arosoff | Jul 11, 2021 |
Mostrando 1-5 de 106 (seguinte | mostrar todos)
It’s a beguiling conceit: the global financial crisis as a ghost story. As one of Alkaitis’s employees reflects of a swindled investor: “It wasn’t that she was about to lose everything, it was that she had already lost everything and just didn’t know it yet.” But Mandel’s abiding literary fascination is even more elemental: isn’t every moment – coiled with possibilities – its own ghost story? Isn’t every life a counterlife?... All contemporary novels are now pre-pandemic novels – Covid-19 has scored a line across our culture – but what Mandel captures is the last blissful gasp of complacency, a knowing portrait of the end of unknowing. It’s the world we inhabited mere weeks ago, and it still feels so tantalisingly close; our ache for it still too raw to be described as nostalgia. “Do you find yourself sort of secretly hoping that civilisation collapses ... Just so that something will happen?” a friend asks Vincent. Oh, for the freedom of that kind of reckless yearning.
adicionada por Lemeritus | editarThe Guardian, Beejay Silcox (May 2, 2020)
 
The Glass Hotel isn't dystopian fiction; rather it's "straight" literary fiction, gorgeous and haunting, about the porous boundaries between past and present, the rich and the poor, and the realms of the living and the dead.... This all-encompassing awareness of the mutability of life grows more pronounced as The Glass Hotel reaches its eerie sea change of an ending. In dramatizing so ingeniously how precarious and changeable everything is, Mandel's novel is topical in a way she couldn't have foreseen when she was writing it.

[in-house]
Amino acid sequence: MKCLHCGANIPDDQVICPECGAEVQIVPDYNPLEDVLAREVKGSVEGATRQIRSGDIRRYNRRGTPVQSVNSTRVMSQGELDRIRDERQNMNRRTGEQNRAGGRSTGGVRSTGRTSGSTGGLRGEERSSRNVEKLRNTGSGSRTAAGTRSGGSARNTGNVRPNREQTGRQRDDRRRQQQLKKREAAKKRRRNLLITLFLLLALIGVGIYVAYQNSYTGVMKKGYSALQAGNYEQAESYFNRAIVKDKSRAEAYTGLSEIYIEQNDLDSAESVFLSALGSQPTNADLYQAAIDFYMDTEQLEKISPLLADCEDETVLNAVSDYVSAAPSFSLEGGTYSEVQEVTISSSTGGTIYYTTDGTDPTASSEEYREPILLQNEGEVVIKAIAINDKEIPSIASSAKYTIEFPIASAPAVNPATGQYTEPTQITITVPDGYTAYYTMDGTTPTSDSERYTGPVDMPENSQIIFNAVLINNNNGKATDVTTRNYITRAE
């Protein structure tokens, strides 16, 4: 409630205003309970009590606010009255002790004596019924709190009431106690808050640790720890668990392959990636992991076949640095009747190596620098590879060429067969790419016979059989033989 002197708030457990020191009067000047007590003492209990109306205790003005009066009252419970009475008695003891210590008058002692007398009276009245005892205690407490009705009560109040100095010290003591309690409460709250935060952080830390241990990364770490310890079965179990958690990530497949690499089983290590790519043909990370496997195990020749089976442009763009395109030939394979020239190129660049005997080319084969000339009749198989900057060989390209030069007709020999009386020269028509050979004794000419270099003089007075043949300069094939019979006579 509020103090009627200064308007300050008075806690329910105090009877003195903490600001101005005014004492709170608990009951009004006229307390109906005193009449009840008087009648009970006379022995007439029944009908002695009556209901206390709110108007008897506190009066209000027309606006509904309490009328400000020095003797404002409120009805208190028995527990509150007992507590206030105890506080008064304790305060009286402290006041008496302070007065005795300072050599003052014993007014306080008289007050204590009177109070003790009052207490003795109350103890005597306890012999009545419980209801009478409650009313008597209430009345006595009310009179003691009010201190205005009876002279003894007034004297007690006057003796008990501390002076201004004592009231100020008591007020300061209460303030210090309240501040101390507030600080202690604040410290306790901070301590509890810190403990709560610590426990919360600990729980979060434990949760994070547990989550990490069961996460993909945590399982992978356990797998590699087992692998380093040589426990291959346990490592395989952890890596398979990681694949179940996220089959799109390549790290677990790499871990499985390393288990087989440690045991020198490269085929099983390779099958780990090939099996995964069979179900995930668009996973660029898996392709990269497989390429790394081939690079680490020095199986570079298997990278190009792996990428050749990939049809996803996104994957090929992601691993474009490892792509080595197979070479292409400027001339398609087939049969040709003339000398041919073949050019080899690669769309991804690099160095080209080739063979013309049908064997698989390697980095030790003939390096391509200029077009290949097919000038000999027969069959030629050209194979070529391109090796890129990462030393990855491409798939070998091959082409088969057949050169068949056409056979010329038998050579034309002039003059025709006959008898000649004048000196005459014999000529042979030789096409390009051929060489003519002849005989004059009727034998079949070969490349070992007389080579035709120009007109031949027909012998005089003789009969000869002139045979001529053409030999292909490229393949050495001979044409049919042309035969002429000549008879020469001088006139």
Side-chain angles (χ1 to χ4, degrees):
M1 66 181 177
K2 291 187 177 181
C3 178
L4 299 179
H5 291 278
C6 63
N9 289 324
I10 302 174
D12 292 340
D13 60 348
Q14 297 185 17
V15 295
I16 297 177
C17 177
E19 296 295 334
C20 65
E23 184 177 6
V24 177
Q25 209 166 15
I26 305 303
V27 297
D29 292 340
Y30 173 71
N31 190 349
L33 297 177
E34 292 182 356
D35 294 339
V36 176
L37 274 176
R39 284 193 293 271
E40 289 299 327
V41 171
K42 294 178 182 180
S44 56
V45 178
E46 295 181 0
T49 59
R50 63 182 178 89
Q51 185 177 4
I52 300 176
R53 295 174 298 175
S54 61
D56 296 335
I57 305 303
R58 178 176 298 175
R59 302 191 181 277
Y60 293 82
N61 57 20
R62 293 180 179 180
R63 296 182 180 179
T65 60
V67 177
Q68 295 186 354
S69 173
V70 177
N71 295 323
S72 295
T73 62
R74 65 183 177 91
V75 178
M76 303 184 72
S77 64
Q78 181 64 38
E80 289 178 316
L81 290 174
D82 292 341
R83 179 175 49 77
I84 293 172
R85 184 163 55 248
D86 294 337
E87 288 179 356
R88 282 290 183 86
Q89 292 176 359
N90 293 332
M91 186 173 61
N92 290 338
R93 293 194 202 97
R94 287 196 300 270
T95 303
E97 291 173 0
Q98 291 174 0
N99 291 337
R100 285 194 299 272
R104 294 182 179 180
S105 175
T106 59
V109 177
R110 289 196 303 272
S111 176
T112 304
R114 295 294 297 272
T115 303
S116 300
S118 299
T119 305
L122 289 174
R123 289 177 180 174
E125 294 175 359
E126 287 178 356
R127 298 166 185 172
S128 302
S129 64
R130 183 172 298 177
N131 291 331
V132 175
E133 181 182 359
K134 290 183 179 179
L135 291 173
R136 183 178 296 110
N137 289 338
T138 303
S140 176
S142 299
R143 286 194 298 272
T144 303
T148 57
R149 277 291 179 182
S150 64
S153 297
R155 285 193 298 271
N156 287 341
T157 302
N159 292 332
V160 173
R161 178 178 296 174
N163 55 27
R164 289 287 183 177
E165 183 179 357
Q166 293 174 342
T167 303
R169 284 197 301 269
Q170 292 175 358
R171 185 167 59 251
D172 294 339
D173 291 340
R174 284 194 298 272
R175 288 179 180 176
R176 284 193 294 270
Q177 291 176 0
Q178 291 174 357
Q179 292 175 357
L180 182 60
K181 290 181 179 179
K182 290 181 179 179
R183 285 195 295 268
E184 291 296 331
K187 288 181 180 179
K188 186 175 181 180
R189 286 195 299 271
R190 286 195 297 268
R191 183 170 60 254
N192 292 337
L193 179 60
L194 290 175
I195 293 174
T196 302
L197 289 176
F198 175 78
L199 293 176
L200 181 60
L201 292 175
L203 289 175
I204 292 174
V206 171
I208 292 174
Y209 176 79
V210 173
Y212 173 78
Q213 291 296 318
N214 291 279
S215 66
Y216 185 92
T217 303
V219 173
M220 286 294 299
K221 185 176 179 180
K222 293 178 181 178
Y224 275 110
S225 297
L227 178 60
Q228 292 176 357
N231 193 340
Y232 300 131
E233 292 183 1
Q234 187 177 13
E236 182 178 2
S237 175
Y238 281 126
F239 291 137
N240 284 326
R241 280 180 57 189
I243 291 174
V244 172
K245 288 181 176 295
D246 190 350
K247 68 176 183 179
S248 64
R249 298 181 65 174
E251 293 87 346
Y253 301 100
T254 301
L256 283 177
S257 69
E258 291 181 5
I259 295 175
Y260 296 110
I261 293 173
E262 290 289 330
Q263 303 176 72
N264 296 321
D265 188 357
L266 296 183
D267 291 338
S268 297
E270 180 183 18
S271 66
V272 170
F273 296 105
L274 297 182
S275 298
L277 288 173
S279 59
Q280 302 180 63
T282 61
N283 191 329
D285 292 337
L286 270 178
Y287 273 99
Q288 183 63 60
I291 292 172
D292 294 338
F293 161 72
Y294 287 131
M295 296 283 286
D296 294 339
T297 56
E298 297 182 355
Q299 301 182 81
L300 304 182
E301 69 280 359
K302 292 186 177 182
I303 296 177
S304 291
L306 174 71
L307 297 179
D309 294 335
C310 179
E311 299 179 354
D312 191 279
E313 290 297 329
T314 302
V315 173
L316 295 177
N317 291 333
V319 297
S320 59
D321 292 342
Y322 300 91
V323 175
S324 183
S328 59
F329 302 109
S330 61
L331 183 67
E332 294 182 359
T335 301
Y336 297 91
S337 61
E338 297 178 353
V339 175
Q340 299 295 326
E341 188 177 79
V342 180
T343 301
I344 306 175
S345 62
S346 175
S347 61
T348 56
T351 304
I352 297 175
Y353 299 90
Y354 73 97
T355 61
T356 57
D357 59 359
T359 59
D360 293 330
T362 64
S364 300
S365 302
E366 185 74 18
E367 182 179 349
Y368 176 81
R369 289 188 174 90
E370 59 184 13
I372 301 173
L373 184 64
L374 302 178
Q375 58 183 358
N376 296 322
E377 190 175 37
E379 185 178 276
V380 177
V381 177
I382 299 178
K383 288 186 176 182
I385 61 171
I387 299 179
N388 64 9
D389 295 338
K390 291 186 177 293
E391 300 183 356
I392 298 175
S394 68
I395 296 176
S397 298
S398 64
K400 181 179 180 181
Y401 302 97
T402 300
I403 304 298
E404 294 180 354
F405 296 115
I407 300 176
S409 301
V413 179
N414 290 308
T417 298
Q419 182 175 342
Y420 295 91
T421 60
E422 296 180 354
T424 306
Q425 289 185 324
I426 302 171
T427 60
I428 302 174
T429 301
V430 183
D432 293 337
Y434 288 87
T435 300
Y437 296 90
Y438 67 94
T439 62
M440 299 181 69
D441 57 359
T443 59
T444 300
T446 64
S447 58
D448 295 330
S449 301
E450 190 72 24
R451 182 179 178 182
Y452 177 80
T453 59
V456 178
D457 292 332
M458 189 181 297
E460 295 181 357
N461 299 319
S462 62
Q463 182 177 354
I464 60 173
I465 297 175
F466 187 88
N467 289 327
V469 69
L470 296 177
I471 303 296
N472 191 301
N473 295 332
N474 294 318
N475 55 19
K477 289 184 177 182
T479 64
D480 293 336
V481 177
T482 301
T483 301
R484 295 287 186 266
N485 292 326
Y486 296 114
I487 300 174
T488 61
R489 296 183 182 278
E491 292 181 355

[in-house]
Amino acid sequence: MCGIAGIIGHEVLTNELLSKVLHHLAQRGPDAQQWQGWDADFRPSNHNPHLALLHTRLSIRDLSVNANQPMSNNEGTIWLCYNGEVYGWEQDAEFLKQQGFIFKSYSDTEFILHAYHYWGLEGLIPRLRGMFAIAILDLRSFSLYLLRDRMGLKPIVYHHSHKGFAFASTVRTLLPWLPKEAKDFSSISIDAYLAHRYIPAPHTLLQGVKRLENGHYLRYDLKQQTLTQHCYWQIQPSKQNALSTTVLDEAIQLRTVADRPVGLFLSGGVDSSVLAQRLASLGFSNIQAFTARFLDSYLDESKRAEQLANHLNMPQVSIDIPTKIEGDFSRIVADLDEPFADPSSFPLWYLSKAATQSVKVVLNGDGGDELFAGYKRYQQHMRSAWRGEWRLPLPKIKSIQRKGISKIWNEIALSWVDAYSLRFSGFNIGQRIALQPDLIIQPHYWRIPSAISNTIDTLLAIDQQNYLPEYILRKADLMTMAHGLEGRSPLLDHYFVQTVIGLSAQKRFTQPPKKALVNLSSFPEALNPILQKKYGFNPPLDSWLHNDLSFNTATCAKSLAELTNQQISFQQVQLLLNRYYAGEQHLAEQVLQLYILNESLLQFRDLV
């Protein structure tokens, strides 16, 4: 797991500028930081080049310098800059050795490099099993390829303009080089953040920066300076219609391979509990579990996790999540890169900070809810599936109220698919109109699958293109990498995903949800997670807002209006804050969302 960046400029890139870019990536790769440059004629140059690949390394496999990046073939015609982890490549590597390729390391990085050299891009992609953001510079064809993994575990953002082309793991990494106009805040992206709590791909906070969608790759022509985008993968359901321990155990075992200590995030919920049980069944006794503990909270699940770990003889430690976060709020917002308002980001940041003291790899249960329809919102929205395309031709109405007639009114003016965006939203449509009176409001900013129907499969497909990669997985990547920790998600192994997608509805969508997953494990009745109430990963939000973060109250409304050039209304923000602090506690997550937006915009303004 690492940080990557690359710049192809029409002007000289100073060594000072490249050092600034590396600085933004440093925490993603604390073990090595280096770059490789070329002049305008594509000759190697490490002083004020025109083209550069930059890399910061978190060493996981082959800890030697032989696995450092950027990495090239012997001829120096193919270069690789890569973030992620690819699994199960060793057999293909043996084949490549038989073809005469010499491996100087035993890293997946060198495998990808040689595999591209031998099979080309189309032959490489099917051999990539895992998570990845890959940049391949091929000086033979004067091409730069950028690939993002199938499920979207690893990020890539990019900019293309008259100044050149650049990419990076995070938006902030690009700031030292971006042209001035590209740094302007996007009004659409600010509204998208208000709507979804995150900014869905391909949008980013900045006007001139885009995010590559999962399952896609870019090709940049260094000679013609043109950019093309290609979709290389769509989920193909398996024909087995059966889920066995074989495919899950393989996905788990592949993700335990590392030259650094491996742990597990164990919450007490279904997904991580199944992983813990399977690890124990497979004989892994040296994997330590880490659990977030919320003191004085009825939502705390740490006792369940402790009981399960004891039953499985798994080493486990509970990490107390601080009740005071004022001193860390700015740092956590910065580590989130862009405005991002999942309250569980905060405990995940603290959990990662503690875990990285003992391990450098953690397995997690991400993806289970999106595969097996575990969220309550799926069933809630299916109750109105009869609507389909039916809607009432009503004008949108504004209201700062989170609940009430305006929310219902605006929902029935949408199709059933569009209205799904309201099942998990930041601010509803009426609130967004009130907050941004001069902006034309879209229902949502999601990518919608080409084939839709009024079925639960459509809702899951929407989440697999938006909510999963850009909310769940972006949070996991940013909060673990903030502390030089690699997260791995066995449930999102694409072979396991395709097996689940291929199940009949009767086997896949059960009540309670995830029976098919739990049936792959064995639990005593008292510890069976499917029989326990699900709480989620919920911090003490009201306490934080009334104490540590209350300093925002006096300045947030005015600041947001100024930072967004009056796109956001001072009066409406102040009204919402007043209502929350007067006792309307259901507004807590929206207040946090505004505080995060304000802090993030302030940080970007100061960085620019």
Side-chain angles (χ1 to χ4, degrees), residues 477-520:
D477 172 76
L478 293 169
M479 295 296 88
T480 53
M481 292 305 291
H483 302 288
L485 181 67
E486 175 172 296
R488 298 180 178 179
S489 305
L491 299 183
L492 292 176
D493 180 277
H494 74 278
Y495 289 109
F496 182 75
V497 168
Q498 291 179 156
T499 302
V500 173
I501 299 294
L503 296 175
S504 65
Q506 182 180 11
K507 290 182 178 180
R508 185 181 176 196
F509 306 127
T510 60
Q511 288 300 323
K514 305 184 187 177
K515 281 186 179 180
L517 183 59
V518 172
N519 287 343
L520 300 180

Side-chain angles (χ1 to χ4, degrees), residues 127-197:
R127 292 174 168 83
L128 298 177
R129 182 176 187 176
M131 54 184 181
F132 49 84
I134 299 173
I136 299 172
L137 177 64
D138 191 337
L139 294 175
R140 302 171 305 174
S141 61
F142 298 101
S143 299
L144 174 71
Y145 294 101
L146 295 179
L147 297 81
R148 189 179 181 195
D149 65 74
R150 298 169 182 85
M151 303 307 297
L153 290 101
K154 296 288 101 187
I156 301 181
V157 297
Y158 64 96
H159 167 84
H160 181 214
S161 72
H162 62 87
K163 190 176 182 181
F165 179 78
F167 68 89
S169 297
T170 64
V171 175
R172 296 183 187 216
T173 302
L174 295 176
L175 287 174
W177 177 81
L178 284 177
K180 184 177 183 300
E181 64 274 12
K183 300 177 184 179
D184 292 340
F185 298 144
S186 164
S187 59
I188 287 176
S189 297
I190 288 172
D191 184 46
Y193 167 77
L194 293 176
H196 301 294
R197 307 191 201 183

adicionada por Lemeritus | editarNPR, Maureen Corrigan (Mar 30, 2020)
 
The question of what people keep when they lose everything clearly intrigues Mandel.... By some miracle, although it’s hard to determine what it’s about, The Glass Hotel is never dull. The pleasure, which in the case of The Glass Hotel is abundant, lies in the patterns themselves, not in anything they mean. This novel invites you to inhabit it without striving or urging; it’s a place to be, always fiction’s most welcome effect.
adicionada por Lemeritus | editarSlate, Laura Miller (Mar 24, 2020)
 
Mandel is a consummate, almost profligate world builder. One superbly developed setting gives way to the next, as her attention winds from character to character, resting long enough to explore the peculiar mechanics of each life before slipping over to the next.... The disappointment of leaving one story is immediately quelled by our fascination in the next.....what binds the novel is its focus on the human capacity for self-delusion, particularly with regards to our own innocence. Rare, fortunately, is the moral idiot who can boast, “I don’t take responsibility at all.” The complex, troubled people who inhabit Mandel’s novel are vexed and haunted by their failings, driven to create ever more pleasant reflections of themselves in the glass.